Home Today's Paper Most Popular Video Gallery Photo Gallery
Subscription Blog Signin Register
Logo
Wednesday, February 21, 2018 07:42:09 AM
Follow Us On: Facebook Twitter Twitter Twitter Twitter

An unfolding humanitarian crisis in Bangladesh

By
13th-Oct-2017       
Comments
Share your thought
Post a comment »
Read all () »

Poppy McPherson :
In mid-September, several days after arriving in Bangladesh from conflict-torn Western Myanmar, 18-year-old Rashida Begum sat with her baby by the side of the road, under the shade of a tree. She had lost her brother and sister somewhere in the crowd as they fled. Now in Cox's Bazar, she was alone in a sea of thousands. "I have no house, I live in the street like this," she said, as her four-month-old crawled in her lap.
They were waiting not for aid distribution from international agencies - like many Rohingya interviewed by Devex, they said they had received nothing - but for scores of trucks manned by Bangladeshis who tossed snacks and shoes to Rohingya refugees waiting with outstretched arms. The roads were lined with families nestled under tarps. Trampled clothing lay on the ground: the new arrivals needed food, water, and shelter, not T-shirts.
Now, nearly six weeks on from the start of the crisis, conditions in the camps are still being described as chaotic as thousands of exhausted, traumatized Rohingya, a persecuted Muslim minority, continue to pour in daily, and aid agencies struggle to handle the influx.
While United Nations officials and international NGOs cite the urgent need to "scale up," staff on the ground say the humanitarian response has been hampered by funding shortfalls and bureaucratic obstacles that have left agencies without approval to work and vital supplies stuck in transit.
At a press conference in Cox's Bazar on Tuesday, Mark Lowcock, the U.N. Emergency Relief Coordinator, said aid agencies had delivered 9 million food rations over six weeks and inoculated more than 100,000 children, but conditions continued to be "terrible." Now, aid workers fear an outbreak of cholera - endemic in Bangladesh - may be imminent. "We need to do a lot more to scale up beyond what we have done so far," said Lowcock.
"It's an immediate wave, an injection of hundreds of thousands of people in very few days and in an area that is relatively deprived."
An 'unprecedented' crisis
This is a humanitarian crisis that has happened faster, on a greater scale, than most aid workers can remember.  
After August 25, when Rohingya militants attacked police posts across Myanmar's northern Rakhine state and the army responded with a brutal crackdown, hundreds of thousands of Rohingya crossed the border within days. Since then, Rohingya have continued to flee what Amnesty International is calling a "scorched earth campaign" by Myanmar's military, who are accused of mass arson, indiscriminate killings, and rape. The army insists Rohingya militants are urging the exodus as a way to generate sympathy for the population.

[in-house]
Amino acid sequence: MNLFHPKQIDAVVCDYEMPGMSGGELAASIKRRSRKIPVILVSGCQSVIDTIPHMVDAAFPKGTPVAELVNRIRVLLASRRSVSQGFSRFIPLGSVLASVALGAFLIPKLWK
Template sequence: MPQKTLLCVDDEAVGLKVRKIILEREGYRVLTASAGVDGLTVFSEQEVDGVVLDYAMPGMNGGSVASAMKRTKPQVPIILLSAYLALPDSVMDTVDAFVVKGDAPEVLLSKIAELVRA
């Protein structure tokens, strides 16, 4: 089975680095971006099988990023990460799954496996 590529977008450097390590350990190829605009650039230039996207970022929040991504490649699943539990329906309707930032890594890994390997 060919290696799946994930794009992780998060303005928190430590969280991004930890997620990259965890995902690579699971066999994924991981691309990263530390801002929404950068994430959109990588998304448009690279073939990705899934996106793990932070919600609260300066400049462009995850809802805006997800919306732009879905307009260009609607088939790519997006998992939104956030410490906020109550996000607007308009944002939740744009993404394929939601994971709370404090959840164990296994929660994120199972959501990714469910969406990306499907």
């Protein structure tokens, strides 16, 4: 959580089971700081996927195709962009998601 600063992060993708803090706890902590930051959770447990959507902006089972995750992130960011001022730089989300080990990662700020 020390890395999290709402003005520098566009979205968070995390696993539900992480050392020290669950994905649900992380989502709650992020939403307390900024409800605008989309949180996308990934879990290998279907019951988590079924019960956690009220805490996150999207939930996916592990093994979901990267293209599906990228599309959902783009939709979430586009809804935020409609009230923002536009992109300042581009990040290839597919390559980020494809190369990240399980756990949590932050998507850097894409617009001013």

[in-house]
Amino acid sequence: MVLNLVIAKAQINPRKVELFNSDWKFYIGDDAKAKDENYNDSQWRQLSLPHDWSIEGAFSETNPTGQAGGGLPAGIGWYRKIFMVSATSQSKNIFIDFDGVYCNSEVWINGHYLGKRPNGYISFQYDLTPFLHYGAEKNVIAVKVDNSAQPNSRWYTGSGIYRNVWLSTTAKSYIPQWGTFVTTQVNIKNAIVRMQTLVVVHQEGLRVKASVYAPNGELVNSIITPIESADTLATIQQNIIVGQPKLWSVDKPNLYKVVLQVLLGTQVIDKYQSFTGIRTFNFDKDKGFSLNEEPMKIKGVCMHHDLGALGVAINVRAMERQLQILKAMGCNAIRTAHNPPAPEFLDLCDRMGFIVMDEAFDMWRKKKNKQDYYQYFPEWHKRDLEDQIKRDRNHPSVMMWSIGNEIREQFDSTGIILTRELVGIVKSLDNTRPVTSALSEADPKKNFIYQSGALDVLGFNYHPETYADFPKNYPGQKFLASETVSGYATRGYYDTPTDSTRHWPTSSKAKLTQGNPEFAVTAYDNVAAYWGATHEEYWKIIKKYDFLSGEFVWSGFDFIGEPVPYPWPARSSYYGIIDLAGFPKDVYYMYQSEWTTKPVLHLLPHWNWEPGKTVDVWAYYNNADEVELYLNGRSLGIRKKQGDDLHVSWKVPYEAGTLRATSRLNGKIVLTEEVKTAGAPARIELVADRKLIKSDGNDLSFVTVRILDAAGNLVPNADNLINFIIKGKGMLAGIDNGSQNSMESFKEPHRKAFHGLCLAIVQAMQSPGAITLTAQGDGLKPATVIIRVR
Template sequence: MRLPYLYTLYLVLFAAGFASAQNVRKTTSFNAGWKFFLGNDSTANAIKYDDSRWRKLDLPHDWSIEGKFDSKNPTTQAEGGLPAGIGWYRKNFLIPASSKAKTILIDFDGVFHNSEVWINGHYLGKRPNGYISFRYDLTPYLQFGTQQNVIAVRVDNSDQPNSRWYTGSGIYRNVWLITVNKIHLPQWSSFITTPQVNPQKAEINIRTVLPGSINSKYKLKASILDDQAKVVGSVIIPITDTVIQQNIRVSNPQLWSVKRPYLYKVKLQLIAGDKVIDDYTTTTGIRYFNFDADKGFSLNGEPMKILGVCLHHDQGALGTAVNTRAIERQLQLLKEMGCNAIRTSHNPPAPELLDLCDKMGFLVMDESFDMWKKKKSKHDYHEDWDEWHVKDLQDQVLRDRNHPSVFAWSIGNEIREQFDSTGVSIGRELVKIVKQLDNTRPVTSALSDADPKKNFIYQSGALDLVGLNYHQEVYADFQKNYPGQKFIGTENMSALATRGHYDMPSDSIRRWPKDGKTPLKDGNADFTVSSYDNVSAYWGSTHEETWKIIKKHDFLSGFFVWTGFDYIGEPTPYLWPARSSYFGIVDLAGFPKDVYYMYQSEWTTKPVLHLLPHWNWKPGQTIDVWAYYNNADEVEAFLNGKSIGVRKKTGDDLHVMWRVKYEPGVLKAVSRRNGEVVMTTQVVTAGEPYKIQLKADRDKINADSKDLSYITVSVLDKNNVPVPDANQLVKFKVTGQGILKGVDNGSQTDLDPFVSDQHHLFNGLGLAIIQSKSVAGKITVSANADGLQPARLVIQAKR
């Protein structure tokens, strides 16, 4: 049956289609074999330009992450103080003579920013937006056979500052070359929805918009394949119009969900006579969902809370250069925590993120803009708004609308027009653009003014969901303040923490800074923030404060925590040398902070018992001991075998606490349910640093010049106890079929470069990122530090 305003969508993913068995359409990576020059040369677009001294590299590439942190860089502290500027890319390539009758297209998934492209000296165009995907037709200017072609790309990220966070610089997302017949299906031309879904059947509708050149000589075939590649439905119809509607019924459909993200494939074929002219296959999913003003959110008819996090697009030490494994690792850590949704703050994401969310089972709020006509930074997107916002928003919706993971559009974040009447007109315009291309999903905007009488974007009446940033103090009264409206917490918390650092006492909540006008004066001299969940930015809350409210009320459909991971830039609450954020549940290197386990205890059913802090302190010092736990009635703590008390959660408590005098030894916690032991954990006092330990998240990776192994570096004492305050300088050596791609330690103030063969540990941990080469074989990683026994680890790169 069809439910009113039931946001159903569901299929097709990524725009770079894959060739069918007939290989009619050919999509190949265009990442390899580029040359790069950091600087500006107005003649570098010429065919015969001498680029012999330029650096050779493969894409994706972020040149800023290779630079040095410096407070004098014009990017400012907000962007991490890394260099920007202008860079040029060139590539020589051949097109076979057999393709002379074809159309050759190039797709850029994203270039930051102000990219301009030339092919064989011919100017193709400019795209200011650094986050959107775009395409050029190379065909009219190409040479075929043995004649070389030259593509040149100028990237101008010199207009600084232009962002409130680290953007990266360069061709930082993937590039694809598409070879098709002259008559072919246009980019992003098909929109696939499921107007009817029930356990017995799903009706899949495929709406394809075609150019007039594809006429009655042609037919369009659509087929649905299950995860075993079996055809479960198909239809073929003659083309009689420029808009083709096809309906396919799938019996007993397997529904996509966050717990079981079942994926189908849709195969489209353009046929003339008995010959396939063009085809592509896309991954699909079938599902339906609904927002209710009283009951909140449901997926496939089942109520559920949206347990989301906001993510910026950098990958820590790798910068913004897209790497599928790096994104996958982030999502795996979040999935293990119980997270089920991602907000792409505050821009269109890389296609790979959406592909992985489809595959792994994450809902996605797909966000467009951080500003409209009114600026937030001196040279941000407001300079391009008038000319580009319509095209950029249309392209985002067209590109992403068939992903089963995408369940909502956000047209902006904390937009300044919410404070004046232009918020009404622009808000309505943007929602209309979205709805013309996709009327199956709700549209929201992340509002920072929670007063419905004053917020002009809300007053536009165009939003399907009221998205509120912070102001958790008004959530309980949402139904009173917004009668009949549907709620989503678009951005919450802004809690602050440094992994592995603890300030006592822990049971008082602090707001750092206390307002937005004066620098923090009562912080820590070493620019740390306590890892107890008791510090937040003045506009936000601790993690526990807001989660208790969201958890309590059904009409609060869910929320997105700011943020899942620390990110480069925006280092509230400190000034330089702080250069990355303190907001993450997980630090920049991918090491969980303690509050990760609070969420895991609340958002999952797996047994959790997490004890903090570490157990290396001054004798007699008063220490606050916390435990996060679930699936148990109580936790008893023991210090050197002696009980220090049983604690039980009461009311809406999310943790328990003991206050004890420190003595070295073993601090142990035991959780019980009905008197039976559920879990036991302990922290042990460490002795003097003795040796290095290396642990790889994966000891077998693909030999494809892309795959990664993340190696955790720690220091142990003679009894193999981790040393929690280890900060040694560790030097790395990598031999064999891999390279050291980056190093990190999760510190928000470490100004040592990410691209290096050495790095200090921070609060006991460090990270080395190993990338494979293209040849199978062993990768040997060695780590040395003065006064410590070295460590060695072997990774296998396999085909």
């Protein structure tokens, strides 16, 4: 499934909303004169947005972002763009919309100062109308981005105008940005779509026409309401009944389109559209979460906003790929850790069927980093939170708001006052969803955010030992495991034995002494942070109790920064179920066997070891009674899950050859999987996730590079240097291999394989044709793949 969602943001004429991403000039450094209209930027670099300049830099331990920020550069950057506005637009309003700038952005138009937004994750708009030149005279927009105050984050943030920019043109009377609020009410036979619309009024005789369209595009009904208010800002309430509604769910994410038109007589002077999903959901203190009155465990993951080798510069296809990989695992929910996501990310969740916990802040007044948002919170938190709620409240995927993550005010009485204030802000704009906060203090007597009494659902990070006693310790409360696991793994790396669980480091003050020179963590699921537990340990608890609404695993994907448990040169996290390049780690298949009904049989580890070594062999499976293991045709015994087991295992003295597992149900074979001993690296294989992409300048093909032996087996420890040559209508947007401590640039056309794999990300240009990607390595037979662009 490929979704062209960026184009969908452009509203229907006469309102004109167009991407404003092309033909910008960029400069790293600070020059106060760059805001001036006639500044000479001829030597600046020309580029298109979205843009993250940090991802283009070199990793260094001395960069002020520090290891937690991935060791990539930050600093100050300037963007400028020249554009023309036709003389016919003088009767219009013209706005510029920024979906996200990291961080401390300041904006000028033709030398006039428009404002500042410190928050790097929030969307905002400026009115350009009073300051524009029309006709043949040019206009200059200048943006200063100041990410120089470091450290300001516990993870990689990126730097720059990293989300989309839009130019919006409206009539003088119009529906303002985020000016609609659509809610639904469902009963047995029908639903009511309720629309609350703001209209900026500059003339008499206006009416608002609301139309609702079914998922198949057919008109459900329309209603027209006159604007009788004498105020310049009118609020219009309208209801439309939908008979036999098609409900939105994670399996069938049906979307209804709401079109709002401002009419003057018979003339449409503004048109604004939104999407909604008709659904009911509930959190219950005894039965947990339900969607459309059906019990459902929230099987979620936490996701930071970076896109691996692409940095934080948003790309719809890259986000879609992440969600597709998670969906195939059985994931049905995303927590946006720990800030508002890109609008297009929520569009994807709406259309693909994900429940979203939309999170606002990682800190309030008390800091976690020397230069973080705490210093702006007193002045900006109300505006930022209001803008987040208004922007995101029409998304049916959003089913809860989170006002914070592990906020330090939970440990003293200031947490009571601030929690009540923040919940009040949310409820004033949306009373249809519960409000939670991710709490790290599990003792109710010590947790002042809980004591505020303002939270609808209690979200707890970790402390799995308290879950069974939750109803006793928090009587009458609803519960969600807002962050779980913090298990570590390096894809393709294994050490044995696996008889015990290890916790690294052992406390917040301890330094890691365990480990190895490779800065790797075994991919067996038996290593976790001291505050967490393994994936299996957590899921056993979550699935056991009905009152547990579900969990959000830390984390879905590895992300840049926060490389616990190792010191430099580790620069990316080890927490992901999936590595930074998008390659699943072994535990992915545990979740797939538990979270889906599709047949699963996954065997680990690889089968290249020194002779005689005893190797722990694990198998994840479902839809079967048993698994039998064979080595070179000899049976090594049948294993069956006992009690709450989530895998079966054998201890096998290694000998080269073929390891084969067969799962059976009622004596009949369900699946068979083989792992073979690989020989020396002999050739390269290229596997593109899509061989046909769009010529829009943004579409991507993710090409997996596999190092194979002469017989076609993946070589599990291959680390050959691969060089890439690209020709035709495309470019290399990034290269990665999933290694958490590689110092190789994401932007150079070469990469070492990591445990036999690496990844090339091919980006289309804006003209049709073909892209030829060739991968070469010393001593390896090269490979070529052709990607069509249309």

More than 500,000 Rohingya are now in Bangladesh, adding to an existing population estimated at more than 300,000.
"This crisis has been one of the fastest displacements that I can remember," said Paolo Lubrano, Oxfam's regional humanitarian manager for Asia. "It's an immediate wave, an injection of hundreds of thousands of people in very few days and in an area that is relatively deprived."
"Back in June I was working on South Sudan, where a million people crossed in two to three years," said Kyle Degraw, Save the Children's global emergency and humanitarian communications manager. "It does feel like a unique crisis just because there are so many people in such a short period of time."
A large proportion of the new arrivals - about 60 percent - are children, many of whom were already severely malnourished before fleeing.
"The humanitarian response has been inadequate, but this crisis is in many ways unprecedented, particularly in the scale of refugee movement in such a short period of time," said Matt Wells, Amnesty International's senior crisis adviser. "The Rohingya are also an extremely vulnerable population, due to the systemic discrimination in Myanmar that has long affected their access to food and medical care, and the fact that many refugees have gone days without eating while hiding and fleeing from the army's attacks," he said.
Challenging logistics
The conditions in Cox's Bazar district, a hilly region prone to landslides and about to enter cyclone season, have presented a unique set of challenges for aid distribution. Last month, a truck carrying relief supplies crashed into paddy field, killing nine Red Cross staff.
There is no single entry point into Bangladesh for Rohingya refugees, who have been arriving overland and by boat.